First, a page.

Jeers: to big motorcycles and fragile egos. No sooner did the summer arrive, then so did the young drivers and their monster motorcycles. Nothing says summer freedom more than blasting your way down the Prince Philip Parkway with the throttle cranked wide open at 6:30 in the morning, right? There’s not much anyone can do about it — the motor-miscreants are long gone before anyone could even answer a complaint. All we can hope for is a little long-term karma: that this year’s ignorant drivers grow up, settle into a nice house next to the parkway, and father sleep-averse twin babies. No, triplets.
Cheers: to paying your fair share. Canada’s major banks and the Canada Revenue Agency seem to be on a collision course over $2.8 billion in taxes and interest dating back to 2009. The CRA says the perpetually profitable banks used a loophole to escape paying tax by shifting tax breaks from share owners who couldn’t use them to others who could. This should be fun.
Jeers: to changing horses in midstream. Over a year ago, Eastern Health started building a berm to protect key electrical systems at the Health Sciences Centre from being flooded by Leary’s Brook during high-rainfall periods. Problem No. 1? They started the work without first obtaining permission under the province’s environment assessment legislation. So, the work was halted, and the environmental process began. Problem No. 2? Then-environment minister Eddie Joyce ordered a full-scale environmental preview report (EPR), which was finally completed in March. Ready for this construction season, right? Wrong. On budget day, the province announced it now planned to the long-needed replacement for the Waterford Hospital on the Health Sciences grounds. Do they even talk to each other? Because of that decision, on June 15th, the EPR process for the berm project restarted — right down to a new public meeting. It’s bad enough that Eastern Health thought it was outside the process. It’s worse that this tangle has found its way into a second year, and maybe longer. If Eastern Health really believes the Health Sciences’ entire electrical system could be compromised by flooding, shouldn’t there be more urgency to this process?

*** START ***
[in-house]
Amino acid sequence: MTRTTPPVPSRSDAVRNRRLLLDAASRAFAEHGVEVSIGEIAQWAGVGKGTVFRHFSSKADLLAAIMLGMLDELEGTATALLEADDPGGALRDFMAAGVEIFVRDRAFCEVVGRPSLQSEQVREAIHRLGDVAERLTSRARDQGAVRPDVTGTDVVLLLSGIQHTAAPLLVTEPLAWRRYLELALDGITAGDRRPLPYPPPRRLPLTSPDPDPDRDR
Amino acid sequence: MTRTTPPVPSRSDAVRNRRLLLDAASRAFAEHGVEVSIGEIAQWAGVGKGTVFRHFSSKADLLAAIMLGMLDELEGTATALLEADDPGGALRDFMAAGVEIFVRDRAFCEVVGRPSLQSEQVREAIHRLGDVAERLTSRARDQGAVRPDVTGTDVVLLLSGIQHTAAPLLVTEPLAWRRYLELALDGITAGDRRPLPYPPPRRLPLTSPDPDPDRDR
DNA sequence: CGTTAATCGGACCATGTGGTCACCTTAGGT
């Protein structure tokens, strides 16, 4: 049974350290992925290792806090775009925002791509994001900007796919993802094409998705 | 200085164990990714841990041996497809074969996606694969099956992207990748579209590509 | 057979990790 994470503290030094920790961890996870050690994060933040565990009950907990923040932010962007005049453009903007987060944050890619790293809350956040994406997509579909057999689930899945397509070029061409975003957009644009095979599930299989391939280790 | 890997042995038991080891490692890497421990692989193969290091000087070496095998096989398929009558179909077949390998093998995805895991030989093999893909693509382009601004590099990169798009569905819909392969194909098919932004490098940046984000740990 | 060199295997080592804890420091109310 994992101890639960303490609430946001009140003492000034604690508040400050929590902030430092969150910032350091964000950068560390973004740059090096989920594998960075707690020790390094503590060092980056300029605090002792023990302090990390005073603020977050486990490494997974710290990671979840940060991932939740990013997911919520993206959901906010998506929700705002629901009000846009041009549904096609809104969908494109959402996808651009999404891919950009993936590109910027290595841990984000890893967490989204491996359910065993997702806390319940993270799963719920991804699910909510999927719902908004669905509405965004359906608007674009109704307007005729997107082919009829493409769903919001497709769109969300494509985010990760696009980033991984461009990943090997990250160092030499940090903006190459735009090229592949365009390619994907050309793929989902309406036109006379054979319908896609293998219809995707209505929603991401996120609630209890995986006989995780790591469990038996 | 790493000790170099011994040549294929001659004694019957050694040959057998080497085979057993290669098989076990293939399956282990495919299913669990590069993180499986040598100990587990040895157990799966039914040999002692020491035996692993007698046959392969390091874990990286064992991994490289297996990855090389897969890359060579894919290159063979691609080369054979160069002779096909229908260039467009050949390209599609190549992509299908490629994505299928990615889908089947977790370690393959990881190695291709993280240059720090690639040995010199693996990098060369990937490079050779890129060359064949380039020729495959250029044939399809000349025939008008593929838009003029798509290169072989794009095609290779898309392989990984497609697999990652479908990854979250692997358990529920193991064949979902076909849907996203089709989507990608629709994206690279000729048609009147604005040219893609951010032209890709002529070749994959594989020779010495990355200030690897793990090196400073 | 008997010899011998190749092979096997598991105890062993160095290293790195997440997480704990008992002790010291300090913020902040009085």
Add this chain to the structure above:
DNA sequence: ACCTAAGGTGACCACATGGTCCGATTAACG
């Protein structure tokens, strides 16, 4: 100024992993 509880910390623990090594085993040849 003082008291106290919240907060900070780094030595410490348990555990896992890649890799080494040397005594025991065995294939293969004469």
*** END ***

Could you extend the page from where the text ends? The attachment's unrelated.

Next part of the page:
Cheers: to the great escape. Martin the tortoise has been reunited with his owners 11 months after he escaped under a fence in an Oakville, Ont., backyard. Herman was scarred from an animal trying to eat him; he may have escaped other perils as well, as early reports suggested a well-meaning bystander had found Martin and released him at a nearby lake. (Martin is a desert tortoise, and can’t swim, so that might have ended very badly.) You get the feeling that the Toronto Star was having a bit of fun with the story; the newspaper’s headline describes the renegade reptile as having been “on the run,” even though 11 months of travel only saw him travel … two blocks.